Just keep on walking, for I have nothing to give.
How many times have I said this to myself as I walked past someone struggling, convincing myself there was nothing I could do about it so why try? How many times have I ignored that uncomfortable feeling I feel when I see someone’s pain out in the open. With the way the world is right now? Almost every day. So many hurting people.
It seems more and more often I am seeing people struggling all around me. Humans living in isolation. Humans struggling to pay the bills. Humans hurting from broken relationships. Humans living with loss and grief. Humans sleeping on the ground with no home. Humans making bad choices to survive the only way they know how. Humans sitting on a church pew with tears in their eyes, in obvious pain. Hurting humans everywhere.
Somehow, I have convinced myself that I have nothing to offer them. Why would I stop if I can’t fix it? I cannot cure anxiety. I cannot afford to pay someone’s rent or past-due bills. I cannot mend marriages and parent-child relationships. I cannot bring that person back. I cannot stop homelessness. I cannot make someone walk a straight path and force them to make better decisions. I cannot fix family drama or heal shame. Why would I get involved if I can’t change it?
Sometimes, I even convince myself that I was doing them a favor, protecting their privacy by not asking. It was better to just be polite and not intrude into their personal business. It was better just to not draw attention to their suffering. Don’t stare, it is impolite. Just keep walking.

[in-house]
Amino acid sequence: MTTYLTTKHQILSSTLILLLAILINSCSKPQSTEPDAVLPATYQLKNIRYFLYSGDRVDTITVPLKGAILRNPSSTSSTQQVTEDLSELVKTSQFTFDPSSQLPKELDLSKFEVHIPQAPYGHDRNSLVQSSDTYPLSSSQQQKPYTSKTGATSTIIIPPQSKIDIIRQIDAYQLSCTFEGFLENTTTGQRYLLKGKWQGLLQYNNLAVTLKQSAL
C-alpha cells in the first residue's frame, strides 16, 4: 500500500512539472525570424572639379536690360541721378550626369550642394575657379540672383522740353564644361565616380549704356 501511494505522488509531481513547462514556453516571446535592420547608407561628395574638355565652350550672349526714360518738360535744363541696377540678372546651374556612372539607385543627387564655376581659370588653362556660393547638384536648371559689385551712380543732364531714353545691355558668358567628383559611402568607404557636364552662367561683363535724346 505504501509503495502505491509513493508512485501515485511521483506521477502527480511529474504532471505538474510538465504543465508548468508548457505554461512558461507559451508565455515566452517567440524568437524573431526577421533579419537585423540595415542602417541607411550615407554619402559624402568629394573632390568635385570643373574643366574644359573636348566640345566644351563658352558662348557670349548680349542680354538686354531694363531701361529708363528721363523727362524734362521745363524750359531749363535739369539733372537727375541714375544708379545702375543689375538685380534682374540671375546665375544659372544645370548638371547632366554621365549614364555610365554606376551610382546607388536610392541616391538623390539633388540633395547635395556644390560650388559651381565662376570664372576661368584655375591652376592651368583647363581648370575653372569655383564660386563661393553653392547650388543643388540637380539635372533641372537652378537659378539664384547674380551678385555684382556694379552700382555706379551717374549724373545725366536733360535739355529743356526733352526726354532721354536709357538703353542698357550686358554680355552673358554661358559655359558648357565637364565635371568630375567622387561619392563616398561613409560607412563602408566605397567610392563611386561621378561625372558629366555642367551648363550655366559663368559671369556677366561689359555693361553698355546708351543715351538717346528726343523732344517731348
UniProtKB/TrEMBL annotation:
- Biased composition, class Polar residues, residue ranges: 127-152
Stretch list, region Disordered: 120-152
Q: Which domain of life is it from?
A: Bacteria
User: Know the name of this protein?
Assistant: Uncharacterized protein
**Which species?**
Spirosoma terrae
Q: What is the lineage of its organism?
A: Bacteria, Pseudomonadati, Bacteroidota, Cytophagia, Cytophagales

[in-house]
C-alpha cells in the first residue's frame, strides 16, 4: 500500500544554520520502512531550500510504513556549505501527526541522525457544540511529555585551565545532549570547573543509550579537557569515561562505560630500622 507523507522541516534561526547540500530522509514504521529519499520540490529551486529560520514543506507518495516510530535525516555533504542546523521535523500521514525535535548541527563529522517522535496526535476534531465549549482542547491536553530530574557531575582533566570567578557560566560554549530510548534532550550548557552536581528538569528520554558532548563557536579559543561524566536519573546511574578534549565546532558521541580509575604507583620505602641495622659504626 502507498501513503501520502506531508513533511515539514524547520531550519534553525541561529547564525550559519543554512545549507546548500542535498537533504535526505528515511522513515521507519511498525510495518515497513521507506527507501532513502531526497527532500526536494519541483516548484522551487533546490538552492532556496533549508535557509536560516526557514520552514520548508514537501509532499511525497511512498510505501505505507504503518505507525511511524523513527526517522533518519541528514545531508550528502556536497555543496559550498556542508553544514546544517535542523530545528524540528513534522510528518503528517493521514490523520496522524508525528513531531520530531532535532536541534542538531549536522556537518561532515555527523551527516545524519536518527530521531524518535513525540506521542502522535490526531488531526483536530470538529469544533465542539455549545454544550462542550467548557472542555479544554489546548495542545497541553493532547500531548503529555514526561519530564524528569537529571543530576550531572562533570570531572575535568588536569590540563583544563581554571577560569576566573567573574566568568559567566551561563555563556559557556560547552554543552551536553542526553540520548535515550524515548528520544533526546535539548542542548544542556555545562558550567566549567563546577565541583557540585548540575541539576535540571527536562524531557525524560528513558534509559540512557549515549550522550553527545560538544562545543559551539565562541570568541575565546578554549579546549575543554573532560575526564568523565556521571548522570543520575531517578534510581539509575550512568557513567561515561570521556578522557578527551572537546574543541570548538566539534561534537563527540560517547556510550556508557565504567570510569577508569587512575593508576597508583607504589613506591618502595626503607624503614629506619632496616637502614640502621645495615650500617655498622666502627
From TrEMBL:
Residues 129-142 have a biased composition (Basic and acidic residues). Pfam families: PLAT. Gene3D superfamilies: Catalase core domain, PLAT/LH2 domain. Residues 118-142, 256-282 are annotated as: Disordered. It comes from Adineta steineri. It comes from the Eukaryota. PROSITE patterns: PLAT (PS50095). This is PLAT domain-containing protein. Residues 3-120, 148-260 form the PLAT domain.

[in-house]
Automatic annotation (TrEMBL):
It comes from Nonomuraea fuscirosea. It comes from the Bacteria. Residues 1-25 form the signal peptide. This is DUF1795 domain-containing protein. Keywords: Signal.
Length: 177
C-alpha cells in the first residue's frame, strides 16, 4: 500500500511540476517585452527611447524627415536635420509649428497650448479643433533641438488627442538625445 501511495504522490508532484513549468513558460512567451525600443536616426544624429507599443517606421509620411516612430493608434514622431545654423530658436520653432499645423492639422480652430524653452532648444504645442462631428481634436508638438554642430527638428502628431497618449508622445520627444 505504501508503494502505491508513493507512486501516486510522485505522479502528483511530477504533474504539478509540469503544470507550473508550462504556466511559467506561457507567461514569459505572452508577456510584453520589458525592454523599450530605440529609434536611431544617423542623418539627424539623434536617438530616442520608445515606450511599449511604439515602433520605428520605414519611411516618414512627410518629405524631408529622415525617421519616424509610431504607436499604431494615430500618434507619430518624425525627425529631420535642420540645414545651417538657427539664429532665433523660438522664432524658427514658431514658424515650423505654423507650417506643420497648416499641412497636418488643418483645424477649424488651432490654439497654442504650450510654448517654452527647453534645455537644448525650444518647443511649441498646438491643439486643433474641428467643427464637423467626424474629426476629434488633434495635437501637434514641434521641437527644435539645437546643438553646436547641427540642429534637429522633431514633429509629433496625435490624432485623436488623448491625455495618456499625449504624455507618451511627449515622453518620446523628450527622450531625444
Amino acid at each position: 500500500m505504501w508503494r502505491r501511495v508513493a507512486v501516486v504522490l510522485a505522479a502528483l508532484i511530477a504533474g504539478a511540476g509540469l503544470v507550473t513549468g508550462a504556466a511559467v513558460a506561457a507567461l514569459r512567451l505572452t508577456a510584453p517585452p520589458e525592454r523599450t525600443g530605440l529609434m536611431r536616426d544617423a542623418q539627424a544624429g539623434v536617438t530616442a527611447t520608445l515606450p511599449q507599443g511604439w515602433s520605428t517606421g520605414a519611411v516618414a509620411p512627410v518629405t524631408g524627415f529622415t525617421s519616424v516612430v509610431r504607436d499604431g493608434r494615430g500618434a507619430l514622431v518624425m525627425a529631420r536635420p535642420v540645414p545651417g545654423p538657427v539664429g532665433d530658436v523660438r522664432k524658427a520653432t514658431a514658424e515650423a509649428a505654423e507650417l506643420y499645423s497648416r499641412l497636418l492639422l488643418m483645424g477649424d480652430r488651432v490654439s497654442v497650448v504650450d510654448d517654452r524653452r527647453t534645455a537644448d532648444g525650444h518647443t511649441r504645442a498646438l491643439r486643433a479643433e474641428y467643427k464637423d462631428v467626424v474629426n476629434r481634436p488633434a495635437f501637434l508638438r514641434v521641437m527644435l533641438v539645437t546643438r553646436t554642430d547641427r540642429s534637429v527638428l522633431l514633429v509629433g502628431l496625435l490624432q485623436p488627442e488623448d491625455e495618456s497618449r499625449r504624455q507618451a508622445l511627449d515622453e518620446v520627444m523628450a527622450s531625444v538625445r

Peter didn’t keep walking. He stopped. In Acts 3, Peter comes upon a beggar and knows he has no money to give him. He could have just kept walking. Instead, he stopped and gave him what he had. Healing.
Now I am quite sure I am not going to be physically healing people as Peter did anytime soon. But that isn’t the part of the story that got my attention. It was the part where even though Peter had no money to give, he stopped anyway. He took the first step when he stopped. He took the fist step to hear this man’s story.
I cannot solve all the human problems and I can’t take them away . . . but I can stop. I can stop and look them in the eye and offer what I do have. Ears. Mouth. Mind. Heart. I can see them. I can hear them. I can let them tell me their story. I can tell them the story of the one who helps me. What if that was the real need?
What if, underneath all those problems, all they wanted was to be seen? To be heard? To be understood? What if I was not the one meant to take it away but the one meant to plant a seed? What if being seen IS the beginning of healing for them?
Those are all things I can give. After all, somewhere along the way, someone gave that to me. That is the only reason I can sit here and write these things to you. Someone granted me the gift of being seen. Of being heard. Of being understood. Someone stopped. Someone planted a seed that started healing.
I have more to give than I think.
I have time. I have the ability to listen. I have the ability to comfort and pray and look them in the eye. I have the ability to love. After all, isn’t that what we all want? To be loved? To know we are not alone? How can they know if I don’t stop and tell them?
This may be one of the best gifts I could ever give, and it doesn’t cost me a dime. But I can’t give it if I keep walking. I can’t give it if I don’t look. Uncomfortable or not, I must give what I have, one stop at a time.
Peter knew that man had a story to tell and he let him tell it. Then the healing began. Now that is walking the walk.
Lord, stop me in my tracks with your compassion. Let me mirror it in all I do even when I think that I do not have anything to offer. May I never forget that what I have to offer is you.